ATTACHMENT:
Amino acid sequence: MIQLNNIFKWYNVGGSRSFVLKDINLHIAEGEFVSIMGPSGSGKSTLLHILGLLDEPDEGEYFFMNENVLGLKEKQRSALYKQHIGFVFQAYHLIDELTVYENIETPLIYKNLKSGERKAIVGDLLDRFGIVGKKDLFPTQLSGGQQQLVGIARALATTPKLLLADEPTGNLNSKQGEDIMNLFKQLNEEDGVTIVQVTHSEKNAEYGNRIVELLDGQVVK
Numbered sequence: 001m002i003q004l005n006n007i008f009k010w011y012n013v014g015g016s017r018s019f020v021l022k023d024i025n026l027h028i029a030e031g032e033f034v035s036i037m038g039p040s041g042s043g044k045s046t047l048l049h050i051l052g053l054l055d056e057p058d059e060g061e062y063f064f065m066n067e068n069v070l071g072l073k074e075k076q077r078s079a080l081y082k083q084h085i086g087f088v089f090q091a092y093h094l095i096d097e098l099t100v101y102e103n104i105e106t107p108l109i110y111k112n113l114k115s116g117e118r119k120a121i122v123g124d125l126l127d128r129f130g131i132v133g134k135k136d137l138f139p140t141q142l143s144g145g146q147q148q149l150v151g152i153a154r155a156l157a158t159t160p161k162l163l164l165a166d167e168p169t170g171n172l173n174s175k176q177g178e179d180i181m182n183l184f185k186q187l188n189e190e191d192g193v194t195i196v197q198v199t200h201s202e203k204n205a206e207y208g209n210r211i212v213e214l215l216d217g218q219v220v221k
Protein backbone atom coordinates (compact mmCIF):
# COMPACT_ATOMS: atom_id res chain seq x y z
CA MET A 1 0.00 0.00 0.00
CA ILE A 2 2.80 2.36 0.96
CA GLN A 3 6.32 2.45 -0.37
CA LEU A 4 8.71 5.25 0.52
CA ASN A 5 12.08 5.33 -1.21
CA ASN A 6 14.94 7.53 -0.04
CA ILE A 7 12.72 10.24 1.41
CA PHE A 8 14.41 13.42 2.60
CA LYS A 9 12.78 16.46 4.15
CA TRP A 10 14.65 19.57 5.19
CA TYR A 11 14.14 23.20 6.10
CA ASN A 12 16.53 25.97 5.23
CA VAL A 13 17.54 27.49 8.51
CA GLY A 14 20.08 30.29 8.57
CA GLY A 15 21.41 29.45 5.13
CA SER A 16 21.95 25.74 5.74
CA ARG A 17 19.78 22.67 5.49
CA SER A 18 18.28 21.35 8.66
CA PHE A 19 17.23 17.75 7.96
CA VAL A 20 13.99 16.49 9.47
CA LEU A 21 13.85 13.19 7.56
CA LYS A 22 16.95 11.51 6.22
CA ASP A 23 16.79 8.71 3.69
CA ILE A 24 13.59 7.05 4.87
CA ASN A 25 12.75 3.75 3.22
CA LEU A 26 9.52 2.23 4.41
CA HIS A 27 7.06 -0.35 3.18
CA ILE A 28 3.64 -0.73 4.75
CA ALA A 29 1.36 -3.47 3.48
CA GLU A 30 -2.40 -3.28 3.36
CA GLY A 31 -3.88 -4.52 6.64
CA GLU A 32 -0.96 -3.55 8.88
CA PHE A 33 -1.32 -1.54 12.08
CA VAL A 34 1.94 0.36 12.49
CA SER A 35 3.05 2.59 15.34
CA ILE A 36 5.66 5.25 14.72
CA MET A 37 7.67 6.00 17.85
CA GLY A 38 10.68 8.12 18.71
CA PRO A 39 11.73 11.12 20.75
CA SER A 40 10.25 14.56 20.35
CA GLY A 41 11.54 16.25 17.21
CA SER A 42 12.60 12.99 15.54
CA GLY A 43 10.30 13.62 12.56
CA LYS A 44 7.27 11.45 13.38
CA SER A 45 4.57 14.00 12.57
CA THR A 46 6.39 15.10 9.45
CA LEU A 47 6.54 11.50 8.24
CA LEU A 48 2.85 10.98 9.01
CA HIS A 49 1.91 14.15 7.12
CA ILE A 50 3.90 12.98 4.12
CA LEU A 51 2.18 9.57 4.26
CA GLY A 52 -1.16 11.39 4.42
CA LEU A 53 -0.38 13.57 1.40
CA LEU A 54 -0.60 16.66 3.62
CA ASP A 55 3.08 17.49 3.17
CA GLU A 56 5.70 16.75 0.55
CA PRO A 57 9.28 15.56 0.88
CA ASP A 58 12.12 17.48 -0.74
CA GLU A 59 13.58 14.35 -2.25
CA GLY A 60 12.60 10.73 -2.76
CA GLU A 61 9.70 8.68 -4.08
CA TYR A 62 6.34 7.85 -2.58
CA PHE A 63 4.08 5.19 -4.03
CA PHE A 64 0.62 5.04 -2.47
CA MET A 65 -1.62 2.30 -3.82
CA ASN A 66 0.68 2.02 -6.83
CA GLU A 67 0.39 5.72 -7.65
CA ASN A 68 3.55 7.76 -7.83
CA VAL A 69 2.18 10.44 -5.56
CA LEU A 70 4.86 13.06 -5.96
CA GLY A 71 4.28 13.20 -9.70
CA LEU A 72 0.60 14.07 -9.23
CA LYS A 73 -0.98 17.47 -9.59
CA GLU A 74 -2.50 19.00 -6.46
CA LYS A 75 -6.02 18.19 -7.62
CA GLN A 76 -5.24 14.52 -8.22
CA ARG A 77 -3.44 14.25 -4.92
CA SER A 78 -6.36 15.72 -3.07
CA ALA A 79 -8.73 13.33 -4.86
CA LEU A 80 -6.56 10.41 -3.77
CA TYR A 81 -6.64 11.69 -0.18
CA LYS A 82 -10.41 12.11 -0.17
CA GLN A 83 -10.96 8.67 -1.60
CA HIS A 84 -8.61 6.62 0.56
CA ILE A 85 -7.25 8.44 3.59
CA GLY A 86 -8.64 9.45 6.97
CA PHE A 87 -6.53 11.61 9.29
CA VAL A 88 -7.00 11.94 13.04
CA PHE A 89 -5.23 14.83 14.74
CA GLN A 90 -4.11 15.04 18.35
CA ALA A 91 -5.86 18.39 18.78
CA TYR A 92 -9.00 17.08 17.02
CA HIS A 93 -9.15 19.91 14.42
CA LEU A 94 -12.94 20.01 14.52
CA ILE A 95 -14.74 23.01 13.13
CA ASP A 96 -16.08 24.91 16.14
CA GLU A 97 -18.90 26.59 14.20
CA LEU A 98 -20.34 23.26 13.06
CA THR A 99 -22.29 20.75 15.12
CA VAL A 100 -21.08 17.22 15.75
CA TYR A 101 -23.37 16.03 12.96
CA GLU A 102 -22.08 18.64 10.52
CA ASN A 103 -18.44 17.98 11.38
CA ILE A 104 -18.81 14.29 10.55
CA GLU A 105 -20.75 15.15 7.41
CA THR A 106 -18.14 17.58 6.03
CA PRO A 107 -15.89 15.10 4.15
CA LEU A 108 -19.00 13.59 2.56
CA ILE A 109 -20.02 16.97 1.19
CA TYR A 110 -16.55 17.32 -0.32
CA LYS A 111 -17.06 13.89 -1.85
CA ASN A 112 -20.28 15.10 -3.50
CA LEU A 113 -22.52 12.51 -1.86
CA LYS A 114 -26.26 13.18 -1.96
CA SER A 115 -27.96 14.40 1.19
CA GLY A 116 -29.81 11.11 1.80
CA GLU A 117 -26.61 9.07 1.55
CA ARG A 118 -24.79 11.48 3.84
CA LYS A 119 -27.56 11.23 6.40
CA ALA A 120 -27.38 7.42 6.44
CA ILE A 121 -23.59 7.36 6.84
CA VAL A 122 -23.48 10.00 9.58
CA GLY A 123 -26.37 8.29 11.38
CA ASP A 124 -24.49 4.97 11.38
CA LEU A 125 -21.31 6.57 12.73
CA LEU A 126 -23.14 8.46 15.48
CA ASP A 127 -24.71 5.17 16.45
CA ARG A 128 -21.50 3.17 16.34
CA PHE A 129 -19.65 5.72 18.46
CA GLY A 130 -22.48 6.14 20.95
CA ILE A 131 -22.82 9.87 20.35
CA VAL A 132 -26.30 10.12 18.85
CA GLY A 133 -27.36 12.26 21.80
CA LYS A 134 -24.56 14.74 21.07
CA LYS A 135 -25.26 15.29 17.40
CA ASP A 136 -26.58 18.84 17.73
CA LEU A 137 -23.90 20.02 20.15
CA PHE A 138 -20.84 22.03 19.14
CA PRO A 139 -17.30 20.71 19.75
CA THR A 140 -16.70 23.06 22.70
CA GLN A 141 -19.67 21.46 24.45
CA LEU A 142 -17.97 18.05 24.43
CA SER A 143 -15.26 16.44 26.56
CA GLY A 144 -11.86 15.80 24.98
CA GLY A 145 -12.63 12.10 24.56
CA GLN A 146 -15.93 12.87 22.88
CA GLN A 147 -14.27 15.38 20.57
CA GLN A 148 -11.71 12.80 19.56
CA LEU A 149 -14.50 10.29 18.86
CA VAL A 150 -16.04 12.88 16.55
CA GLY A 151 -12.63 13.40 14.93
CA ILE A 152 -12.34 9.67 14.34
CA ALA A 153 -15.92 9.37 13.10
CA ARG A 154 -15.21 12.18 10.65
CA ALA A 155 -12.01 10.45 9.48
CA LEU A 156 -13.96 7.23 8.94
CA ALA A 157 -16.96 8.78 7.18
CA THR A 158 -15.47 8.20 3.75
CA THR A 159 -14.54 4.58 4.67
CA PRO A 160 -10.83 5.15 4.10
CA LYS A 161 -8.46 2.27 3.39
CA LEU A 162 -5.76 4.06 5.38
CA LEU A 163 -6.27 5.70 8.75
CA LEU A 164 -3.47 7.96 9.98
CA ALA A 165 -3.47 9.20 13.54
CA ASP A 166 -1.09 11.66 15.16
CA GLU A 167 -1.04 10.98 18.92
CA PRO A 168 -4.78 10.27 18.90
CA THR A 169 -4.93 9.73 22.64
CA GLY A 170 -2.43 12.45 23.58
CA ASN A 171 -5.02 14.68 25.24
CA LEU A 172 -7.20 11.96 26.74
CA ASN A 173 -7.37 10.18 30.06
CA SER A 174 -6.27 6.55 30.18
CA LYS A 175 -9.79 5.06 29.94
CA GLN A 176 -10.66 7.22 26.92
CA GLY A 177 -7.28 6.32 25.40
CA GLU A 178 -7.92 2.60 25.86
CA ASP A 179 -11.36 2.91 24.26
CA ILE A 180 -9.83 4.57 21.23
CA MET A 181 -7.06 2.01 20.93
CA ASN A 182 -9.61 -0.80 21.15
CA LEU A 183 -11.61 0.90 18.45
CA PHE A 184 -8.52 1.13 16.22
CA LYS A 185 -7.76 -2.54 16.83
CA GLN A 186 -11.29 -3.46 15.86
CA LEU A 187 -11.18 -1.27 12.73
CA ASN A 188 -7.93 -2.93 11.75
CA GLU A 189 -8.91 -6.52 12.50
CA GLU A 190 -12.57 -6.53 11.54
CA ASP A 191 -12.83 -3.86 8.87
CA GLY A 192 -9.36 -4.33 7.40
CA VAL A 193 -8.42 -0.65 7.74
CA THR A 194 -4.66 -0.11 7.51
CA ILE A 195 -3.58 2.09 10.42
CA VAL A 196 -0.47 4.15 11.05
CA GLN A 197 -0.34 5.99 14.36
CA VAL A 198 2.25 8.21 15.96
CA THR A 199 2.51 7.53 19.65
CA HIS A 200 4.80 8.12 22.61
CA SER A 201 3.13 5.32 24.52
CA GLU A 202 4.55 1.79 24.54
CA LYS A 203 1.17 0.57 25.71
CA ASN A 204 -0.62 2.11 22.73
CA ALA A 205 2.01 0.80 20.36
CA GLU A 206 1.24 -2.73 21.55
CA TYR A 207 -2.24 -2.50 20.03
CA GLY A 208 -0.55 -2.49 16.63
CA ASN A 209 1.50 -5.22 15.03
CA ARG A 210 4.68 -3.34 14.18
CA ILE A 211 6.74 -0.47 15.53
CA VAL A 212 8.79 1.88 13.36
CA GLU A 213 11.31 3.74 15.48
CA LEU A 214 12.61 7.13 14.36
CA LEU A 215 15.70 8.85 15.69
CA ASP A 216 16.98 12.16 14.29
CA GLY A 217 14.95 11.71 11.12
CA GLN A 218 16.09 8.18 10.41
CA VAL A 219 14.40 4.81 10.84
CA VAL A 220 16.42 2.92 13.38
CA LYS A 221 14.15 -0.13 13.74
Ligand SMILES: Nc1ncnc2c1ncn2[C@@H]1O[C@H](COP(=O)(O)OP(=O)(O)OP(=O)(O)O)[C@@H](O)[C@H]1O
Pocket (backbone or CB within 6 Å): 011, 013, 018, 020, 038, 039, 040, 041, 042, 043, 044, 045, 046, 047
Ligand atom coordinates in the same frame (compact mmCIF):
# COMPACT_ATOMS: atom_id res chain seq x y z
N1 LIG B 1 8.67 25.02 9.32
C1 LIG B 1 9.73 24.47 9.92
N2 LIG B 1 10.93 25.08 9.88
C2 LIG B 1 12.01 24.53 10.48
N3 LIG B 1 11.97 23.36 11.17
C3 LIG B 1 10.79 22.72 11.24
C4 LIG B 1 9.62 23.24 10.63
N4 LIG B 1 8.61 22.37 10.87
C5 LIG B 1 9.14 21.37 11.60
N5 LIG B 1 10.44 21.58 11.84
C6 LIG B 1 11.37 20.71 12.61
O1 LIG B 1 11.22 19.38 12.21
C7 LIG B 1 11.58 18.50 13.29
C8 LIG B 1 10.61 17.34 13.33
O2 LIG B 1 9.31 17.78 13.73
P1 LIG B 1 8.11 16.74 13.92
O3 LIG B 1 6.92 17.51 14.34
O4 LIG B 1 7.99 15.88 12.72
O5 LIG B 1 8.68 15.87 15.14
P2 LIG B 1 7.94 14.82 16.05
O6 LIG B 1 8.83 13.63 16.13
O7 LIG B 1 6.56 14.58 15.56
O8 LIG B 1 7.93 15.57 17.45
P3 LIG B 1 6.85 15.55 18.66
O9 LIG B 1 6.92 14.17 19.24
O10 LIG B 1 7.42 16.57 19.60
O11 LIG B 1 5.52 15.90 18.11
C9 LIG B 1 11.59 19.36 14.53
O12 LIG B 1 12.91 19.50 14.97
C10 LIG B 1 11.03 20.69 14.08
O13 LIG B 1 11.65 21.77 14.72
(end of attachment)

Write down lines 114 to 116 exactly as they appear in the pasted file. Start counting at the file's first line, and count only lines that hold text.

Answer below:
CA TYR A 110 -16.55 17.32 -0.32
CA LYS A 111 -17.06 13.89 -1.85
CA ASN A 112 -20.28 15.10 -3.50